I.B. Tauris, 336 pp., £20, June 2017, 978 1 78831 022 2
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... population at large: no preponderance of bosses, or members of formerly privileged classes, or party members, or anything. Democratic to the hilt. Like his contemporary the Polish writer Stanisław Lem, another survivor of both Soviet and Nazi occupations, Danos seems to have understood the sheer randomness of totalitarian terror as evidence of the impossibility of social theorising. (The contrast ...
21 February 1985
Garden, Ashes 
by Danilo Kis, translated by William Hannaher.
Faber, 170 pp., £8.95, January 1985, 9780571134533
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Star Turn 
by Nigel Williams.
Faber, 314 pp., £9.95, January 1985, 0 571 13296 0
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On Glory’s Course 
by James Purdy.
Peter Owen, 378 pp., £9.95, January 1985, 0 7206 0633 0
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... bourgeois world, than to interpret the injunction to ‘Live all you can!’ as meaning ‘Travel and see as much as you can’? The ultimate timetable is an intellectual fantasy worthy of Borges or StanislawLem: but Danilo Kis shows us not only Eduard and his brainchild but their devastating effect on Andreas and the other members of his immediate family. Eduard, like most geniuses, is comprehensively ...

Forty Thousand Kilocupids

Marina Warner: The Femfatalatron

30 July 2014
The Erotic Doll: A Modern Fetish 
by Marquard Smith.
Yale, 376 pp., £35, January 2014, 978 0 300 15202 9
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... But this ultimate sex doll machine fails to cure the prince, who ‘emerges from it pale, faint and with the name of his beloved on his lips’. The femfatalatron was originally imagined by StanislawLem in a story from The Cyberiad, published in 1967 in Krakow – in times when, as in Baudelaire’s, entertainments could seem innocent. Pygmalionist attempts to re-create the dream of a perfect ...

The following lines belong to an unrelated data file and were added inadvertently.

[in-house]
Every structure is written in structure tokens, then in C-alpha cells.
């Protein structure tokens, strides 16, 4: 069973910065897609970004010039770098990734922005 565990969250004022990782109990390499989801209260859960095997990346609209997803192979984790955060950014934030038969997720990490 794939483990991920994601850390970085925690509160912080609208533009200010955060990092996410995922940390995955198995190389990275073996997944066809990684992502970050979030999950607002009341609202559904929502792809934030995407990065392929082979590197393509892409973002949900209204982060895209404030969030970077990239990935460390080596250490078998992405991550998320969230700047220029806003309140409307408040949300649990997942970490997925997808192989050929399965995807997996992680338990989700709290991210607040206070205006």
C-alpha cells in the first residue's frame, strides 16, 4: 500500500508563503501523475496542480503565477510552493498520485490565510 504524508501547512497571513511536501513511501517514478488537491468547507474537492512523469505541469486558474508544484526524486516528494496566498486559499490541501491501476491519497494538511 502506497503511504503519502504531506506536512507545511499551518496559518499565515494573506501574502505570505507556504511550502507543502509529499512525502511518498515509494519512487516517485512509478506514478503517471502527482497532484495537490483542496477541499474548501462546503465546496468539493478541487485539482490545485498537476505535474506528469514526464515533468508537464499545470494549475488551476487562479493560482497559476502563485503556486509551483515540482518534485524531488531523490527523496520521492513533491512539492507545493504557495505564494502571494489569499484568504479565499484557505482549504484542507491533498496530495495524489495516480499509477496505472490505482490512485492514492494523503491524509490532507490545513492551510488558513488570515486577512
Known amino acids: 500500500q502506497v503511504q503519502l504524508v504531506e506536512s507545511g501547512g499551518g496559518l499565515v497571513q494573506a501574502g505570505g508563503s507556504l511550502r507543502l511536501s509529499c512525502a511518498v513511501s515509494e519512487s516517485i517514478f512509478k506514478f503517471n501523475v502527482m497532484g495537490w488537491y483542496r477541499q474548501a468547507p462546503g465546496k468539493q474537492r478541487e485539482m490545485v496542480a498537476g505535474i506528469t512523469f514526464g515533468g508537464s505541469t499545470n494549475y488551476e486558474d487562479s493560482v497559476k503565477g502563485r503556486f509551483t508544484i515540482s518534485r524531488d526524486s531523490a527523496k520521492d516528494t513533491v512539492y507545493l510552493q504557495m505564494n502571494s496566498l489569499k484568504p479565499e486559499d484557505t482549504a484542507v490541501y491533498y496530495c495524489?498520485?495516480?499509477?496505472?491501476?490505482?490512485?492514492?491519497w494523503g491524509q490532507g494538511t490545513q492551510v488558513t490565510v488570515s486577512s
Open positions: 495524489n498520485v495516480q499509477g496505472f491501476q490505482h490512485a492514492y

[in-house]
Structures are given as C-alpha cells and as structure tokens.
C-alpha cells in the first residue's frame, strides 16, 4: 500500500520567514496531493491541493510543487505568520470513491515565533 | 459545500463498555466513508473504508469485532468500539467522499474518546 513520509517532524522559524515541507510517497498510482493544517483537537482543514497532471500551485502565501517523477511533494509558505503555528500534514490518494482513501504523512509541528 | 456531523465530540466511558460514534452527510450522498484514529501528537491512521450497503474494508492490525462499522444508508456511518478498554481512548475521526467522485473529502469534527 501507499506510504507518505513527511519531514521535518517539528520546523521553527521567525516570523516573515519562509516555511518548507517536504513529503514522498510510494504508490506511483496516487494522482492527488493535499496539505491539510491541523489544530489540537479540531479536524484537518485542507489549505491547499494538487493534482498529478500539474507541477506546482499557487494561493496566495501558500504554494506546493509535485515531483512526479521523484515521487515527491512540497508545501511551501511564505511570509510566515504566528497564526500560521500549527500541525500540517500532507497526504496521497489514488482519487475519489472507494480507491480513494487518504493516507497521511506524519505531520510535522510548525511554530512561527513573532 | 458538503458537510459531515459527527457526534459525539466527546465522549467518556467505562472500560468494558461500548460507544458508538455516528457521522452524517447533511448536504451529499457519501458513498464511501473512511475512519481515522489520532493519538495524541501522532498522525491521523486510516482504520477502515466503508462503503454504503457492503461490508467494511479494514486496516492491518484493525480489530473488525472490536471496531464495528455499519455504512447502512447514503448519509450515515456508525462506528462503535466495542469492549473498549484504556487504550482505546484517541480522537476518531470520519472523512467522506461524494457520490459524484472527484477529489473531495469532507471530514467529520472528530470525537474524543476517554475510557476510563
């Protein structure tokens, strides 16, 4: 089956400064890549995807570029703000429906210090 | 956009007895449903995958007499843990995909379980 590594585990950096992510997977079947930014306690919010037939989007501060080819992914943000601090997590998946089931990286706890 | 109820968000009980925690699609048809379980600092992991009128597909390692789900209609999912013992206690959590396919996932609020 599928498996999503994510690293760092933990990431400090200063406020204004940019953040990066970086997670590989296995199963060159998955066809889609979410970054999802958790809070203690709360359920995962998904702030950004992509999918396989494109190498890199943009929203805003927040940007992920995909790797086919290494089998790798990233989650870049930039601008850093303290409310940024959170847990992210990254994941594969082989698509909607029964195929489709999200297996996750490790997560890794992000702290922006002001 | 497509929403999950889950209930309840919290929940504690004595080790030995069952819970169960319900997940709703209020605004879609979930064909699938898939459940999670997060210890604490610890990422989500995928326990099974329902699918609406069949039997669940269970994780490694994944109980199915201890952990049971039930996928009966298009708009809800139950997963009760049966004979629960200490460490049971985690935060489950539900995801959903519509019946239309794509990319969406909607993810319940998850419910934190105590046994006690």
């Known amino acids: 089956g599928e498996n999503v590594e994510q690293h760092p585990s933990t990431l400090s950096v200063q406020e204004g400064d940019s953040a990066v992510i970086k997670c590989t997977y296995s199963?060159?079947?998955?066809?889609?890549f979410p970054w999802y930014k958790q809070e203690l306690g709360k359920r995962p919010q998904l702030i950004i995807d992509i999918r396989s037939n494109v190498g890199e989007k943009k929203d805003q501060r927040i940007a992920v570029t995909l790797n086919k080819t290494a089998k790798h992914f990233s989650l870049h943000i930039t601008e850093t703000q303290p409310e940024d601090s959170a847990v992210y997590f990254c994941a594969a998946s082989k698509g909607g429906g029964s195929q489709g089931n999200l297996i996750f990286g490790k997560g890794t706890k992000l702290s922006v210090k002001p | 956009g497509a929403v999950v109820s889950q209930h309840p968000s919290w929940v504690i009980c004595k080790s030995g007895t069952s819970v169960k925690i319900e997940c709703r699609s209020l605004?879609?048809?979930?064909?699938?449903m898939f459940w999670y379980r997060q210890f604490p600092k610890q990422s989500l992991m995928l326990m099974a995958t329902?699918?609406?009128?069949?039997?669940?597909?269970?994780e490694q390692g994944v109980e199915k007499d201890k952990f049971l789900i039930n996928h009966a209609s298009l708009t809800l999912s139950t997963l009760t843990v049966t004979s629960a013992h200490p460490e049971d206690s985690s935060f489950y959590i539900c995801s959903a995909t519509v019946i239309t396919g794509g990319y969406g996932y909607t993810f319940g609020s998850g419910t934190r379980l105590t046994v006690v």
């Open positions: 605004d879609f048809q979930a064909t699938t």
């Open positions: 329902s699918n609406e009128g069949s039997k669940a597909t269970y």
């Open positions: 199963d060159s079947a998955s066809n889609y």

Diary

Jonathan Lethem: Theatre of Injury

15 December 2016
... we’d all been instantly thrust into Iron Curtain Europe, where the only safe dissidence came in the form of marginal genres – dystopian literature like that written by the Brothers Strugatsky and StanislawLem, or Czechoslovak animated films. At one in the morning, as Trump claimed victory, a friend texted: ‘I feel like Charlton Heston on the beach.’ He meant that the ruined Statue of Liberty had ...

Not to Be Read without Shuddering

Adam Smyth: The Atheist’s Bible

20 February 2014
The Atheist’s Bible: The Most Dangerous Book That Never Existed 
by Georges Minois, translated by Lys Ann Weiss.
Chicago, 249 pp., £21, October 2012, 978 0 226 53029 1
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... it continues in the fictions of Italo Calvino, Douglas Adams, Roberto Bolaño and Mark Z. Danielewski, among many others. The Polish science fiction writer and author of Solaris, Stanisław Lem, wrote long introductions to four imaginary books in Imaginary Magnitude (1973) and a whole volume of reviews of non-existent books, A Perfect Vacuum (1971). The journal Underneath the Bunker ...